Illustration inspired by the 2023 Hang Lung Mathematics Gold Award project titled "On the Properties of the Semigroup Generated by the RL Fractional Integral"

Croucher and the Hang Lung Mathematics Awards

14 May 2024

Over the last twenty years, a number of Croucher scholars or awardees have started their adventure at an early age in science with a prize or special mention at the Hang Lung Mathematics Awards. Croucher News recently interviewed the organiser of the Hang Lung Mathematics Awards, Susan Wong, and a number of the Croucher awardees who’d been involved in the Hang Lung Awards.

First, we spoke to Susan Wong, who is the general manager in charge of special projects at Hang Lung Properties Limited. She has been with the Hang Lung Mathematics Awards since they began in 2004. The idea came from the Honorary Chair of Hang Lung Properties, Ronnie C. Chan. “He believes in the importance of research and in dialogue and exchange of ideas, and he has a deep respect for mathematics and mathematicians,” Wong told us. “He’s also keen to support younger people and encourage them to realise their creative potential in mathematics.”

The awards were initially supported by Chinese University of Hong Kong and especially Professor Shing-Tung Yau, a Fields Medal winner, who was instrumental in its design and inception. “As far as we know, this was the first example of an award focusing on mathematical research at the school level in Asia,” Wong told us. “For the first competition, we worked hard to get support from teachers. We went around, going to school halls and doing road shows. We also mobilised the math departments in the universities in Hong Kong because a lot of their students are now math teachers. And luckily, we had over 100 entries in the first year!” Hong Kong University of Science and Technology is the current partner of the Hang Lung Awards.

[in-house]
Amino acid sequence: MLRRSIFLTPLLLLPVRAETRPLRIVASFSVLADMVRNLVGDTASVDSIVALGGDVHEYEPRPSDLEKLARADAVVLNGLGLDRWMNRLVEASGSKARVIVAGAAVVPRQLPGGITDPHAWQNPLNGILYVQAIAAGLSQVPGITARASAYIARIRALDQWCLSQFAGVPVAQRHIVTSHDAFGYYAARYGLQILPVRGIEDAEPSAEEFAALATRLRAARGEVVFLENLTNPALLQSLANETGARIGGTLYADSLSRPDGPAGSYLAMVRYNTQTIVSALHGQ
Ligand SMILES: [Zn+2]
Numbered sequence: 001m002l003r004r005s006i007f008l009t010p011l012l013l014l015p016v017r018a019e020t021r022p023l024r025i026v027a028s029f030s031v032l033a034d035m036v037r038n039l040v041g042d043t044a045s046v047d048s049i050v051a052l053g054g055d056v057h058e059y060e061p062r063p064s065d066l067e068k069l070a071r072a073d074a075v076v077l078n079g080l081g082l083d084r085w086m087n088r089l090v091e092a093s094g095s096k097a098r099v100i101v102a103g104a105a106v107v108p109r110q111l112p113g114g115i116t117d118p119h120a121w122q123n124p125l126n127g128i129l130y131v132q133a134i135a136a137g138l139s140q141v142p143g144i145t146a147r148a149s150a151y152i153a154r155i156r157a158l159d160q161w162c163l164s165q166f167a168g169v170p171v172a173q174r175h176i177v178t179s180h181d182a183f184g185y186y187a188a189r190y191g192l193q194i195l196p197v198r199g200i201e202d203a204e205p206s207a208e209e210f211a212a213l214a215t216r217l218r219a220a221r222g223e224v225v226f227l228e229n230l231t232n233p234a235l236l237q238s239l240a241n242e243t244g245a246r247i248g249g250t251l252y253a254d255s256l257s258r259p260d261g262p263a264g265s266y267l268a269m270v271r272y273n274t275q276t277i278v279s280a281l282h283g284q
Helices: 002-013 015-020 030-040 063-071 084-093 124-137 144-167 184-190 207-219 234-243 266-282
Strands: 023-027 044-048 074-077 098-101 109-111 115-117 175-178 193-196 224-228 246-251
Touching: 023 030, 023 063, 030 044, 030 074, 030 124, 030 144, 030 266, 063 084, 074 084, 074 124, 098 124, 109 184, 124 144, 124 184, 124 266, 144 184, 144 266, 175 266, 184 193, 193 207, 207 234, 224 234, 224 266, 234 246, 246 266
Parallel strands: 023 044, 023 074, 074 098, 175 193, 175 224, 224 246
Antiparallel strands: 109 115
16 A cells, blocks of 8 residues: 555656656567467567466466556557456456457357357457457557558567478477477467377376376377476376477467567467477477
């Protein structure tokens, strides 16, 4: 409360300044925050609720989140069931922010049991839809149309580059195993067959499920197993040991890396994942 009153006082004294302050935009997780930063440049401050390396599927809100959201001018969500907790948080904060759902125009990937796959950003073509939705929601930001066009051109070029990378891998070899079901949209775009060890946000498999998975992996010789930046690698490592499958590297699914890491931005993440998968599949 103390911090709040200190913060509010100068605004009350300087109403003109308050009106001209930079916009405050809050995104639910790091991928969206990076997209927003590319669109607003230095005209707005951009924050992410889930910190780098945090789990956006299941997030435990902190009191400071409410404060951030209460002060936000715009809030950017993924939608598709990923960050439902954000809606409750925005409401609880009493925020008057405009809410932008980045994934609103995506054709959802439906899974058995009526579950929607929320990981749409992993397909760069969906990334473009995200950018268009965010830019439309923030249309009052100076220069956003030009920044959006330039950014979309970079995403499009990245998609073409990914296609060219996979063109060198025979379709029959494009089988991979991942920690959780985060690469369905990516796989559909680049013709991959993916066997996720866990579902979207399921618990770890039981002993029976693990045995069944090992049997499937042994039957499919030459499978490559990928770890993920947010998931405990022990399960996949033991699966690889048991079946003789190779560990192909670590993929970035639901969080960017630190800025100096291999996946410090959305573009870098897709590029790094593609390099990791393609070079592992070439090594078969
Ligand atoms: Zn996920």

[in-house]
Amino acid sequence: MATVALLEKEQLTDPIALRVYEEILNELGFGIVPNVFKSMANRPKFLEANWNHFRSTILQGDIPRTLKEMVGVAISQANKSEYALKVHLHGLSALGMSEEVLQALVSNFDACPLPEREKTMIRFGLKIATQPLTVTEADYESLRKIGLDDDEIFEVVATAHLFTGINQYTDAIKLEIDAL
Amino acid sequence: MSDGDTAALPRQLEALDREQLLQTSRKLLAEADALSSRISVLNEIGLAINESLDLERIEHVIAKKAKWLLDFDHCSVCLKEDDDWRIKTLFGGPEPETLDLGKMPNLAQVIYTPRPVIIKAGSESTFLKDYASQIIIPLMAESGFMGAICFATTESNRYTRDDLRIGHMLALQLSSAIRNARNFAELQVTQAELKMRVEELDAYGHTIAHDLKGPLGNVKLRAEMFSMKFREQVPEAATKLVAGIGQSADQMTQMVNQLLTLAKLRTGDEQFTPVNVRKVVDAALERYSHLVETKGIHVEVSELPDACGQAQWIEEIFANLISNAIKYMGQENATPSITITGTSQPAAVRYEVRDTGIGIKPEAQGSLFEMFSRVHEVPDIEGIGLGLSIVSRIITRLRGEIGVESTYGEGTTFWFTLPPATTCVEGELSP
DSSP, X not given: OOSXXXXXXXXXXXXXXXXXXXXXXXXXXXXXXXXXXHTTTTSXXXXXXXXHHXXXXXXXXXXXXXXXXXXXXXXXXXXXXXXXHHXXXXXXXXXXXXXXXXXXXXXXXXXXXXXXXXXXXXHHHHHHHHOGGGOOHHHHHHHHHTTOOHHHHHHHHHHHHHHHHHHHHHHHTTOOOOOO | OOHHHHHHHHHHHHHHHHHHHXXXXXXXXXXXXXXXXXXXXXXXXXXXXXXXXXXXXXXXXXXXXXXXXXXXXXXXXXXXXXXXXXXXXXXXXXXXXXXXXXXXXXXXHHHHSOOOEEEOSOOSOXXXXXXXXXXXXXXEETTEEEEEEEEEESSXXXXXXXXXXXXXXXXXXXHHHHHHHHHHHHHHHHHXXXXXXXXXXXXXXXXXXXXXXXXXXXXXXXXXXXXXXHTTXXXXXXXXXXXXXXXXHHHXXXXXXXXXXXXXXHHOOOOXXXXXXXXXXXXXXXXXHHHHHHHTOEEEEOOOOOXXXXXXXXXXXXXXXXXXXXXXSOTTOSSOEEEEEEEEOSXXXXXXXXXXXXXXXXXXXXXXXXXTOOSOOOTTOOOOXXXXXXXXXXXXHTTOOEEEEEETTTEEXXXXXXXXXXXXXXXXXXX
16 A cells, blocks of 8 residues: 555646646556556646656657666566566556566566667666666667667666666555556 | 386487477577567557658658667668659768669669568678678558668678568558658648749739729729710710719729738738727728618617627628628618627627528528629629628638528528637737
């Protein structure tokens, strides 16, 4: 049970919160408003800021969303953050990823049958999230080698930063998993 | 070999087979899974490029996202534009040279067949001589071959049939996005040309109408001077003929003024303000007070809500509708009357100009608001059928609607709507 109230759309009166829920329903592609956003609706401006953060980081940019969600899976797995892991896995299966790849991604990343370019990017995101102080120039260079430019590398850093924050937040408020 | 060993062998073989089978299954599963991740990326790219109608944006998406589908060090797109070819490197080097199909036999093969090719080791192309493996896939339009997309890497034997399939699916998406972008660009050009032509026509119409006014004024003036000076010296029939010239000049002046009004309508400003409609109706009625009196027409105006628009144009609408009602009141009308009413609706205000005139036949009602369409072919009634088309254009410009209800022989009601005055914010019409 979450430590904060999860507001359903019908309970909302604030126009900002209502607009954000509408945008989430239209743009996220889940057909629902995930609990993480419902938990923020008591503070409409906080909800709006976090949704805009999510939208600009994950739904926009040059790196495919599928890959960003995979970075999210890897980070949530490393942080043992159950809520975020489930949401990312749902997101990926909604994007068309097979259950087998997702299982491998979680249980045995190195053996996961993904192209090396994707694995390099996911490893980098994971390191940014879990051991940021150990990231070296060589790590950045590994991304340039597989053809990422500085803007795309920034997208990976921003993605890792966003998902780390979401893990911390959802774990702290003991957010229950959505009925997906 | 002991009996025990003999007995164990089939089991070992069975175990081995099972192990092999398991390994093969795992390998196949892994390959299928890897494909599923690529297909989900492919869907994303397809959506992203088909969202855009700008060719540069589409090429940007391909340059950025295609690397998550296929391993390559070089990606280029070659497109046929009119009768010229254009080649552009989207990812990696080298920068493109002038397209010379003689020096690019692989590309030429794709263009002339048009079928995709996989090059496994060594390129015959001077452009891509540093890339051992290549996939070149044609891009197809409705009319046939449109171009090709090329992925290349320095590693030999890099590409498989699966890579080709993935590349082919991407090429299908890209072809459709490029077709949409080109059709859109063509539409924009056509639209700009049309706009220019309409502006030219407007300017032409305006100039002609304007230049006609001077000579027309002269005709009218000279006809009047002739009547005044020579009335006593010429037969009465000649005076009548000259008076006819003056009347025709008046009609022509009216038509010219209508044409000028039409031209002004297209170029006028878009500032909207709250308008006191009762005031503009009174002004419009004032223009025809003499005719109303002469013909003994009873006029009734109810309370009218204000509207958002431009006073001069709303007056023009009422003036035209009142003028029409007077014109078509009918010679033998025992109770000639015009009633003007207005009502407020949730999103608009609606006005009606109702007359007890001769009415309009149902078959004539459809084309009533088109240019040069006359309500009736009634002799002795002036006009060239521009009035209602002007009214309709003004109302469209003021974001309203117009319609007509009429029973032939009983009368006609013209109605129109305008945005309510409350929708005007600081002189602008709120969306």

Winners of the 2023 Hang Lung Mathematics Gold Award on stage with the HK Secretary for Education Christine Choi and Professor Richard Schoen.

Entries can be made by individuals or in teams, with forming teams being the more popular option. The entrants develop their own research project under the guidance of their school maths teacher. “It’s a great way of pushing the more able students to a higher level. Self-guided research in maths is not something they’ll have done before, commented Wong. “It’s also beneficial and attractive to the teachers,” she added. “Many of them go above and beyond in supporting their students. I think they often feel re-ignited with their original love for maths,” she said. “We’re very grateful to them.”

Wong sees a strong value in the way the Awards’ focus on self-directed research nurtures deeper, creative thinking among a target audience often accustomed these days to the “immediate gratification” of social media. And she sees the awards as supporting the development of scientists more generally, not only mathematicians; they also encourage and train people who decide to embark on engineering, computer science, bio-engineering, and other fields.

We then spoke to Croucher scientists who’d won prizes at the Hang Lung Mathematics Awards.

David Bai is a mathematician who’s pursuing his PhD research in algebraic geometry at Yale with the support of a Croucher scholarship. He won a Gold Award in the 2018 Hang Lung Mathematics Awards. Bai describes the experience of winning the Gold Award and the Croucher Scholarship as “highly motivational.” His advice to budding young mathematicians is simple: Lose your fear. “Maths concepts can seem scary at first, but once you get into them, they’re not as scary as they look.”